Tuesday, January 5, 2016




          California is in the forefront of most things. From new tax formulas and TV shows to new electronic devices, pioneering farm irrigation techniques and innovative hairstyles, trends begin in California and work their way east across the county.

          But not in presidential politics. There, California legislators have opted to make this state a backwater, one whose national leadership depends in large part on the whims and wishes of people in far smaller places like Iowa, New Hampshire, South Carolina and even neighboring Nevada.

          It’s a classic case of the tail wagging the dog. Yes, up until now, because presidential debates are televised nationally, Californians have felt part of the process.

          But that ends Feb. 1, when Iowans – fresh from their Rose Bowl beating by a California team – head to schools gyms, church recreation rooms and just about anyplace that will hold a couple of hundred emotional persons staging first-in-the-nation caucuses that begin to determine who will be America’s next President.

          Meanwhile, California – by far the most populous state – will vote last, along with New Jersey and New Mexico – and likely have nothing much to say about who the two candidates will be. If the history of the last 11 presidential elections means anything, by the time Californians get ready to vote in June, the outcome in both major parties will be determined by people in other places.

          And because both parties consider California solidly Democratic territory, the state’s voting outcome predetermined by its large Latino population and its big Democratic voter registration advantage, the two finalists for President also will spend little time or money here.

          They won’t even advertise much here. Or at least they didn’t four or eight or 12 years ago, or even during the just-ending runup to the primary election season.

          That makes those with big money to donate are the only Californians who count in this year’s presidential politics. They are about the only people candidates see on their few trips to the state, which amount to vacuum-cleaning operations that suck up cash from the wealthy. California, with about 12 percent of the national populace, had accounted for more than 16 percent of all campaign cash at the last reporting date.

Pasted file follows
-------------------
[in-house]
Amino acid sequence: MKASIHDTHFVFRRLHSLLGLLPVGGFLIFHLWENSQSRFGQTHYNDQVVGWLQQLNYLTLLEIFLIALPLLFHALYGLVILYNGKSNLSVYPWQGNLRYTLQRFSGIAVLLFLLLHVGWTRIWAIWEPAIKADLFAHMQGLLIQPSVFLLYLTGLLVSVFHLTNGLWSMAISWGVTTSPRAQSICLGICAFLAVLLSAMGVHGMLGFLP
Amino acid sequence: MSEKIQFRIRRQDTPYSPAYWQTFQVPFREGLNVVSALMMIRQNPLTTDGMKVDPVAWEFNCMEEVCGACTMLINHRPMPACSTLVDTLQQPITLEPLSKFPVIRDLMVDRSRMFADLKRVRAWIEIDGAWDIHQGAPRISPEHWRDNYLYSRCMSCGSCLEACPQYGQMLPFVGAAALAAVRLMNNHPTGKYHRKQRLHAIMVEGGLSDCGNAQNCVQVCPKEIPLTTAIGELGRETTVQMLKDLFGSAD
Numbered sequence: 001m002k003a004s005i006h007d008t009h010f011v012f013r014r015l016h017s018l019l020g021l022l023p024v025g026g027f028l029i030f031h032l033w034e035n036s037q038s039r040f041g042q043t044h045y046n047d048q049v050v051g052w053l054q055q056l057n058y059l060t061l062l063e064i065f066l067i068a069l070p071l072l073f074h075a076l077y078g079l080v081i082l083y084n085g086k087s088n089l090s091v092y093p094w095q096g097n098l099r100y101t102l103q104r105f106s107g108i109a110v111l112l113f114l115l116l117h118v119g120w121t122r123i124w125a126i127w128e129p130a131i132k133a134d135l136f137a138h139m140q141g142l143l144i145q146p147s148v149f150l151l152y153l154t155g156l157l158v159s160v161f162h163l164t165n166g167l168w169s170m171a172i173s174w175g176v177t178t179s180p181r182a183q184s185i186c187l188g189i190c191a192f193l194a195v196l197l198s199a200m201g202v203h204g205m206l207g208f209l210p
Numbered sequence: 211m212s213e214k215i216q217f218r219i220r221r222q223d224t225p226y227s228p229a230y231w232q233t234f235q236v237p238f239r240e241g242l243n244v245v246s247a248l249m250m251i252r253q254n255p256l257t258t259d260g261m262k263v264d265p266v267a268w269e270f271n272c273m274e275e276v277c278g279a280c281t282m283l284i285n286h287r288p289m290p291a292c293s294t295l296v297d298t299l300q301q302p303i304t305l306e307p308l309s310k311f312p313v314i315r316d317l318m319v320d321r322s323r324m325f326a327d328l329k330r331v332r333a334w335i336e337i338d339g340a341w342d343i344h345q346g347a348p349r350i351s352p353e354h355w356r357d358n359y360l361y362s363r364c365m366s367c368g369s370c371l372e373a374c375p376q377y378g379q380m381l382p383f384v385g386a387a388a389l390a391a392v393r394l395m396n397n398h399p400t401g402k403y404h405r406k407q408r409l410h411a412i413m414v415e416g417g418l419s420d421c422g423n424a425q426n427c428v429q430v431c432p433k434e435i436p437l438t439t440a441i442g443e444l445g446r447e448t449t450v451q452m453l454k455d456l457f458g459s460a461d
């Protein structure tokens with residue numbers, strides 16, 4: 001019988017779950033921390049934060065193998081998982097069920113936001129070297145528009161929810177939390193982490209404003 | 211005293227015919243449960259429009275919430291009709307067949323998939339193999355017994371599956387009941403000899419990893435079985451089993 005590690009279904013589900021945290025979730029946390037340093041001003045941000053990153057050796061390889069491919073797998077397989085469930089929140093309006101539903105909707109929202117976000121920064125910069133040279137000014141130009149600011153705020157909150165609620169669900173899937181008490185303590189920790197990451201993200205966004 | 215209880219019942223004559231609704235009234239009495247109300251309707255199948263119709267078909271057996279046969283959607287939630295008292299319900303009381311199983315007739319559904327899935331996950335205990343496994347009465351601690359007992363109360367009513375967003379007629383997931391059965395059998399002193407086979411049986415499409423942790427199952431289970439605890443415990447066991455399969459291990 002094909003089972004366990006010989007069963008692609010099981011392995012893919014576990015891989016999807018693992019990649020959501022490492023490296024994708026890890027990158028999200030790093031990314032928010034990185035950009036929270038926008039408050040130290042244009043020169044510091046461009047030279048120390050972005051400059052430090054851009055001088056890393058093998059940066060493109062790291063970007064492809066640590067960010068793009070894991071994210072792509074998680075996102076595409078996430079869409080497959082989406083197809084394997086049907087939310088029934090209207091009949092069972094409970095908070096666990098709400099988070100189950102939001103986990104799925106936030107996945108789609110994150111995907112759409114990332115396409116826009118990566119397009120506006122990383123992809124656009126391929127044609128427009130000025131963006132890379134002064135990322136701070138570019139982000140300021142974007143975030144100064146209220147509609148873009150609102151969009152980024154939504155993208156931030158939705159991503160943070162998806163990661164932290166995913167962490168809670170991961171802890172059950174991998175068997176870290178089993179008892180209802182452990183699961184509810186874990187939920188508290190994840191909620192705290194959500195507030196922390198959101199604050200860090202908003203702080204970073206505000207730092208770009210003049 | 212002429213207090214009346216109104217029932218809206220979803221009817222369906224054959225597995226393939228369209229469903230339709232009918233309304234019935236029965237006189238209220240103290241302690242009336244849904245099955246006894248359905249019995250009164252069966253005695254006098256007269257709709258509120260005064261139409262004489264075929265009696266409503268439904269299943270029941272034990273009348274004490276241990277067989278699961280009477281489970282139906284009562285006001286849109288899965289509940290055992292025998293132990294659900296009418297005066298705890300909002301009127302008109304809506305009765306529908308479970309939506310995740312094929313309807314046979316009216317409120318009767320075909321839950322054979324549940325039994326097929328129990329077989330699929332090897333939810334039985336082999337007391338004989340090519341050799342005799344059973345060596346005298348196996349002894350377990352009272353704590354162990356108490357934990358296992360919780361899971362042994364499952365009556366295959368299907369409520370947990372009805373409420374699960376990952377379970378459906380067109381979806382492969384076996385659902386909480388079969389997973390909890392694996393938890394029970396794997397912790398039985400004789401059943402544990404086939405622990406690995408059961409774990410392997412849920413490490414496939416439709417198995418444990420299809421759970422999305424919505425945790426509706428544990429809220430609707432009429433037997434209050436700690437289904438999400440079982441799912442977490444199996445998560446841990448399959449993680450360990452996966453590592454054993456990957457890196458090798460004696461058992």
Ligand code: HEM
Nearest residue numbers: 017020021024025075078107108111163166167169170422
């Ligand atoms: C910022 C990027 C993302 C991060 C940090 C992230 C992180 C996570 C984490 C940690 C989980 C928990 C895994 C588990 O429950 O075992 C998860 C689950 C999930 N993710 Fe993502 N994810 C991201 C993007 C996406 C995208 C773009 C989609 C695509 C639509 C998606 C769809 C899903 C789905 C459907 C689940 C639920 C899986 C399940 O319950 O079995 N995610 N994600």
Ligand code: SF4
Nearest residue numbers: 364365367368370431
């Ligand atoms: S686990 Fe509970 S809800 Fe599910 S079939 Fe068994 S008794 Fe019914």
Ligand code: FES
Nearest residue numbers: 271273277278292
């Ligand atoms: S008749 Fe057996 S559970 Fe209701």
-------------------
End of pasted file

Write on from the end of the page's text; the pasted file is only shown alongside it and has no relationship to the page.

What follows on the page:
It didn’t have to be this way. Yes, both the national Republican and Democratic parties have rules against anyone voting before Iowa and New Hampshire, which holds its snowy primary eight days after Iowa.

          But there was nothing preventing California from scheduling its vote on Feb. 16, a week after New Hampshire. Or two weeks later on Feb. 23, the day when Nevada Republicans will caucus (Democrats there caucus three days later).

          Yes, the naysayers will tell you that letting the little guys go first gives a chance to candidates who can’t raise much money to start with, but can later, after winning a few small-state primaries. California just costs too much, they contend. Tell that to the well-financed likes of Donald Trump and Hillary Clinton.

          Others will say California has tried this before, with several primaries in late February and early March over the last 20 years that nevertheless didn’t have much influence on the national outcomes. The problem with this claim is that some of those primaries did matter: For example, Hillary Clinton’s 2008 win here in late February kept her in the Democratic race against Barack Obama for months afterward. Without California, Clinton would have been left for dead after her losses in Iowa and New Hampshire.

          The real reason for all this is the self-interest of California state legislators, who know an early primary would force them to accelerate their schedules, decision-making and fund-raising. They would have to declare for office and start schmoozing donors months ahead of the current mid-March deadline.

          They don’t say this, of course, preferring to hide behind the fact that an early election might cost about $100 million more. But in a state budget of more than $220 billion, that election cost is less than peanuts. Besides that, isn’t it worth something to have Californians feel involved, even inspired?

          There will be little of that feeling here this spring, though, as the candidates slog through dozens of states while taking breaks to fly here for fund-raising dinners.

          That sense of being left out can be laid at the feet of state lawmakers, who never seem to pay any price for selfish and shortsighted decisions.

    Email Thomas Elias at tdelias@aol.com. His book, "The Burzynski Breakthrough, The Most Promising Cancer Treatment and the Government’s Campaign to Squelch It," is now available in a soft cover fourth edition. For more Elias columns, visit www.californiafocus.net

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